I live only ten miles from East Austin, but as I cross Interstate 35 and cruise down Cesar Chavez Street, I feel the same whoosh of anticipation I get when arriving in an unfamiliar city. Historically, this side of town has been home to Austin’s largest concentration of minorities as well as a haven for artists who’ve appreciated its low rents and warehouse spaces. Now a steady influx of indie businesses, micro-niche food trucks, and anti-swank dive bars—plus the curious outsiders they attract—has made this rapidly gentrifying area almost unrecognizable to anyone who’s been away long. Still, despite all the new neighbors, its original flavor remains.
After passing a string of taquerías, used-car lots, and piñata purveyors, I pull up to a green 1925 Craftsman-style house that’s been reworked into the seven-room Heywood Hotel. Owner Kathy Setzer leads me to my room, which opens onto a second-story courtyard, and mentions that there are bicycles available to borrow. I decide to forgo the two-wheeler and set out on foot. Continuing east, I walk past a funeral home, a yoga studio, a halfway house, and a vegetarian cafe before arriving at a bungalow with two clothes racks on its porch and three businesses under its roof. Next thing you know, I’m grabbing a Verducci leather minidress at Charm School Vintage, picking out my “spirit” wig at Coco Coquette, and perusing local art at Salon d’Etoile. By the time I leave, I’ve acquired recommendations for my next meal (vegan comfort food at Counter Culture or fish tacos from the Veracruz All Natural trailer) and for a tarot reader named Sister Temperance. I’m meeting friends for an early dinner, but I can’t pass up a late lunch, so fish tacos it is. Another happy discovery: Veracruz’s array of smoothies, juices, and aguas frescas. One La Bomba (orange, spinach, and pineapple juice) coming up!
Just before six, my friends and I join a crowd of hungry patrons waiting for Justine’s Brasserie to open. Once inside the 1937 wood-frame house, with sultry red walls and a bar that’s nearly always full, we discuss how, just a few years ago, we couldn’t have imagined frequenting this nearly deserted end of East Fifth Street. Now we’re eagerly shelling out $24 for steak frites. After dinner we visit another newcomer, the New York–based cocktail bar Weather Up, near the Heywood. From the 35 drinks offered, I eventually select the Gold Rush, which costs $10 and comes with a hunk of ice the size of a Rubik’s Cube.
At nine in the morning, when most people are thinking about breakfast, there are already several dozen bloodthirsty carnivores in line for brisket at Franklin Barbecue, on East Eleventh. Though it’s worth the wait, I’d rather not stand around for two hours, so I head to Blue Dahlia Bistro for blueberry blintzes and prosciutto on the patio. Open since 2007, this “veteran” of the nouveau East Side movement has been joined by other locally owned businesses like Take Heart, a “modern, handmade, vintage” gift shop, and Switched On, a music electronics seller.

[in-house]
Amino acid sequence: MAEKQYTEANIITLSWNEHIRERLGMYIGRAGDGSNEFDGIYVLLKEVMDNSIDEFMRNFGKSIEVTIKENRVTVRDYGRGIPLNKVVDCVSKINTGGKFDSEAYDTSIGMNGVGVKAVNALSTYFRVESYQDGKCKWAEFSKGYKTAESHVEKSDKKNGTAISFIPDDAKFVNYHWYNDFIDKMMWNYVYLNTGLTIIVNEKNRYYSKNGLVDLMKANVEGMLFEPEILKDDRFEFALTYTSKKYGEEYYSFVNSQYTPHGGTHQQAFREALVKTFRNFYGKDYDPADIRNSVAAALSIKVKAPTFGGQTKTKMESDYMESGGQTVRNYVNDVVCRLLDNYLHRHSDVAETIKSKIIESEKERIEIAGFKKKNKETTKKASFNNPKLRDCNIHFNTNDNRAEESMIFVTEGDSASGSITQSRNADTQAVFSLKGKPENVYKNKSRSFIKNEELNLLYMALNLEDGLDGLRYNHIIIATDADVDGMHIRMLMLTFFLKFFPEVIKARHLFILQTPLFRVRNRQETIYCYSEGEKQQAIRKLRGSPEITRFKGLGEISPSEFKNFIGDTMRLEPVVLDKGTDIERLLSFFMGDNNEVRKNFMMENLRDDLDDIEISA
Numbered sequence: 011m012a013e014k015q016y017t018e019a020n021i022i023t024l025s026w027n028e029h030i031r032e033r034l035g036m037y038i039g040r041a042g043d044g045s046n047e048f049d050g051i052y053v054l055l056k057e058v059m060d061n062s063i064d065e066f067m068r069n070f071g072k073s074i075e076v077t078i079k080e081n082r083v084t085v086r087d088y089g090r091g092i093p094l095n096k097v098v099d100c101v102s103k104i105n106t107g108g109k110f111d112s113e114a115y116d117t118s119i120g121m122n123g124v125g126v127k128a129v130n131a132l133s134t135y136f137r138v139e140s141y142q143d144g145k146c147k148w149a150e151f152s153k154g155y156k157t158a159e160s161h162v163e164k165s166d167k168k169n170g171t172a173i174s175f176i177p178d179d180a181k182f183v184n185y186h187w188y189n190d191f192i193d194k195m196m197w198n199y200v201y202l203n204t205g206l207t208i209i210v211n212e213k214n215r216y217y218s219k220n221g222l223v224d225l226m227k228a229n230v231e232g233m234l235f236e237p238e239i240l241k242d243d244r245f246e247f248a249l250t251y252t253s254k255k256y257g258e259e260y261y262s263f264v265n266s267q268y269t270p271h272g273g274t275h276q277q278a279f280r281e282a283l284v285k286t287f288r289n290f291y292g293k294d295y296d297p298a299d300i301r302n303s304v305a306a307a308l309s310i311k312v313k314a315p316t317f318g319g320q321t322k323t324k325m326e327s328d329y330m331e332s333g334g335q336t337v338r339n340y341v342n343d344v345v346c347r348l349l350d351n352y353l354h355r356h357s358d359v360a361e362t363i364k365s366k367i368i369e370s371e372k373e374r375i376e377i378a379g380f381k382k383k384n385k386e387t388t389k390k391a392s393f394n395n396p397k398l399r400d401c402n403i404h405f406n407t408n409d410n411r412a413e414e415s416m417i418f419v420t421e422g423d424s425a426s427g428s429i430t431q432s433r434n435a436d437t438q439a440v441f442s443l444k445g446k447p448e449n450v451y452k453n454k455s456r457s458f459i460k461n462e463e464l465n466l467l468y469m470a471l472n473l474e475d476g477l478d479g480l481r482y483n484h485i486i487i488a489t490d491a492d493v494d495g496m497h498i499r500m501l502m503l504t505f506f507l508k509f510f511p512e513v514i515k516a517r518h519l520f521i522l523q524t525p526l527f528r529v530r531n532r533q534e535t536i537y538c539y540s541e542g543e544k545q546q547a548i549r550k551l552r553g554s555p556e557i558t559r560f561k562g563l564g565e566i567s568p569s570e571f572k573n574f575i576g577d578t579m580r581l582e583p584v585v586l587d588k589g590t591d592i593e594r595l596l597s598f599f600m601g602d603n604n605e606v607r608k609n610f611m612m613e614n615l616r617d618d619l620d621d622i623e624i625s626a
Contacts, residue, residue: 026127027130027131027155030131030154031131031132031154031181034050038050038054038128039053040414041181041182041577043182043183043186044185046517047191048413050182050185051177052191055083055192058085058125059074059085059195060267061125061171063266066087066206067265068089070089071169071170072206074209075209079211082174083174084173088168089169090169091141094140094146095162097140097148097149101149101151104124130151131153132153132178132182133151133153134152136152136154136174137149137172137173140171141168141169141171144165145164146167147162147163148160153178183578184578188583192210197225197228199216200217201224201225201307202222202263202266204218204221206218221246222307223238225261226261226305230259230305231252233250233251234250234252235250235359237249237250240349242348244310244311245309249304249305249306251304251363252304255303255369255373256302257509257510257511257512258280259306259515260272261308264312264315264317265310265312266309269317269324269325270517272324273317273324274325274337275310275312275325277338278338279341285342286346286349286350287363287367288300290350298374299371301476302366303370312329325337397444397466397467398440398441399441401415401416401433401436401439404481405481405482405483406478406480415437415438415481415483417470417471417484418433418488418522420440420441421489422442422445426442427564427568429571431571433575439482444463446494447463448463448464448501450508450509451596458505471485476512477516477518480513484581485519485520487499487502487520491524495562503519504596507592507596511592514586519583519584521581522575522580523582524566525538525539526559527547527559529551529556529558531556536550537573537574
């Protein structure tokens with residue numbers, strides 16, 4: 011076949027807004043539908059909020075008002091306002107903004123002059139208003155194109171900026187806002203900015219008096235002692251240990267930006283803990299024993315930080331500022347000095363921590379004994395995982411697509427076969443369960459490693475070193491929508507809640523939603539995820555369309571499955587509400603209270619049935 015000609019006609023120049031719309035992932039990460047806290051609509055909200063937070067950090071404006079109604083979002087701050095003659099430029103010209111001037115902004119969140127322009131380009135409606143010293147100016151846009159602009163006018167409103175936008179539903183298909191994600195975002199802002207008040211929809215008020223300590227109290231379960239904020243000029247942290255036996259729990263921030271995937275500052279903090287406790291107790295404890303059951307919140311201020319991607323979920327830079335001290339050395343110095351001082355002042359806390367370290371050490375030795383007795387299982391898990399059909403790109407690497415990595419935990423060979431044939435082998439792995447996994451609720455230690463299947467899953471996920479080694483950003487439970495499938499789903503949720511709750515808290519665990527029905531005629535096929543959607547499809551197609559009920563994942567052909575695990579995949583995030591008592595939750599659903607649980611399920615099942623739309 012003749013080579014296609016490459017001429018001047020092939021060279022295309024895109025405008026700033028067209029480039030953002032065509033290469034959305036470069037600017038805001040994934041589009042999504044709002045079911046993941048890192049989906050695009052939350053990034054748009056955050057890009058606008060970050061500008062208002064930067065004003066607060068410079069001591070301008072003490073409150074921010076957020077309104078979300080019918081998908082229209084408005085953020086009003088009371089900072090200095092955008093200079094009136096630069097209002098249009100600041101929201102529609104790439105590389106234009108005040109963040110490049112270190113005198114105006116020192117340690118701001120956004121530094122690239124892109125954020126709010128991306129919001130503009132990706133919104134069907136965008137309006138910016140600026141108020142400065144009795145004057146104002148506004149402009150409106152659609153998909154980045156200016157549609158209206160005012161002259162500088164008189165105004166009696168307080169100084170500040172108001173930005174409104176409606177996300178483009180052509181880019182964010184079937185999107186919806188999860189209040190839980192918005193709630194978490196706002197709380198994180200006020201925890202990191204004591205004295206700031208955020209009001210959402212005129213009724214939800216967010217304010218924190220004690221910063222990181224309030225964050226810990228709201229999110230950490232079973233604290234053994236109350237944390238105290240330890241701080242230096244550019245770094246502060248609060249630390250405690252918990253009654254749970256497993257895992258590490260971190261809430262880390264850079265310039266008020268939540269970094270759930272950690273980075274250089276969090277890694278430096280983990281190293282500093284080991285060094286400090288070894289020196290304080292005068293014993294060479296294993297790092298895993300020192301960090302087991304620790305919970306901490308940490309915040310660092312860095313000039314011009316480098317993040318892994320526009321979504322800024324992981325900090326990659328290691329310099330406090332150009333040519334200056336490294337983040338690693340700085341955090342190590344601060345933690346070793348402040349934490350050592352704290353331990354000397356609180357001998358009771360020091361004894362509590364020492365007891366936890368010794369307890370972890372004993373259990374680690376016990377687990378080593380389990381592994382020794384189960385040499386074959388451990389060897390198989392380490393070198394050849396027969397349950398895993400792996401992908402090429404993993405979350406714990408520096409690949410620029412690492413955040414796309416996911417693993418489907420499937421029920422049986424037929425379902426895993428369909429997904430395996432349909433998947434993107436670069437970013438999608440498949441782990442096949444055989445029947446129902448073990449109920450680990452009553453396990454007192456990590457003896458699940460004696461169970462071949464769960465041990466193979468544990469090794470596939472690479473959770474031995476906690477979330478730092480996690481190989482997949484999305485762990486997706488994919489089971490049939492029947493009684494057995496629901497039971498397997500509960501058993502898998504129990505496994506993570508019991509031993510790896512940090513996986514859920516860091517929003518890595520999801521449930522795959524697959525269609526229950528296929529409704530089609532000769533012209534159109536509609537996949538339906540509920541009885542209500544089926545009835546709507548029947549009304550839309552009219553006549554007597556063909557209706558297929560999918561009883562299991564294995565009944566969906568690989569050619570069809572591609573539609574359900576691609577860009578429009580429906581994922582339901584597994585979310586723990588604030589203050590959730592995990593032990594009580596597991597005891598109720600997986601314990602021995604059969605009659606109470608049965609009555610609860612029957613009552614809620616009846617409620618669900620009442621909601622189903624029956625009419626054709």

On my way to another longtime East Side gem—Boggy Creek Farm, which hosts market days on Wednesdays and Saturdays—I stop to stroll through Tillery Park, a small collection of retail trailers anchored by two nurseries, Tillery Street Plant Company and East Austin Succulents. While slurping down a Gotta B Green smoothie from the Juice Well, I check out soul records at Elephas Maximus Vintage and Thrift and homemade herbal remedies at La Botanica. Later, over empanadas at Buenos Aires Café, on Sixth Street, I tell my East Side friend about Tillery Park; she hasn’t heard of it. Then she tips me off to Schmaltz, her favorite vegan Jewish deli trailer. We’re both familiar with Hops & Grain, a craft brewery on the far eastern end of Sixth Street, but neither of us has taken one of the Saturday guided tours, a situation we happily remedy with glasses of horchata milk stout in hand.
Back down Sixth Street, we alight on the Grackle, a straightforward pub with one of Top Chef winner Paul Qui’s East Side King food trucks out front (others are parked at nearby watering holes the Liberty and Shangri-La). Qui himself delivers our order (grilled pork shoulder in sweet chili sauce and green-curry chicken wings) after posing for pictures with two starstruck coeds. Next up is the Yellow Jacket Social Club, for beet sandwiches and beers in a grove of crape myrtles. Then it’s off to see a band at the White Horse, which has been described to me as a honky-tonk. Although there are several couples spinning around the dance floor, there’s a suspicious shortage of cowboys. That said, there’s just about every other type out tonight.
Admiring the treetops through the skylight in my shower, I realize I’ve gotten cozy here at the Heywood. Since the HOPE Farmers Market (held every Sunday) doesn’t start till eleven, I sit on my small balcony overlooking the street, sip coffee, and watch the passersby. Students with backpacks drift toward Cenote, the coffeehouse a few blocks west. A homeless man with a Mexican flag affixed to a crutch pushes a cart. Two young boys zoom by on bikes; their mother follows behind with a stroller. It’s easy to imagine this balcony is my front porch, and I wonder if they’d mind one more new neighbor.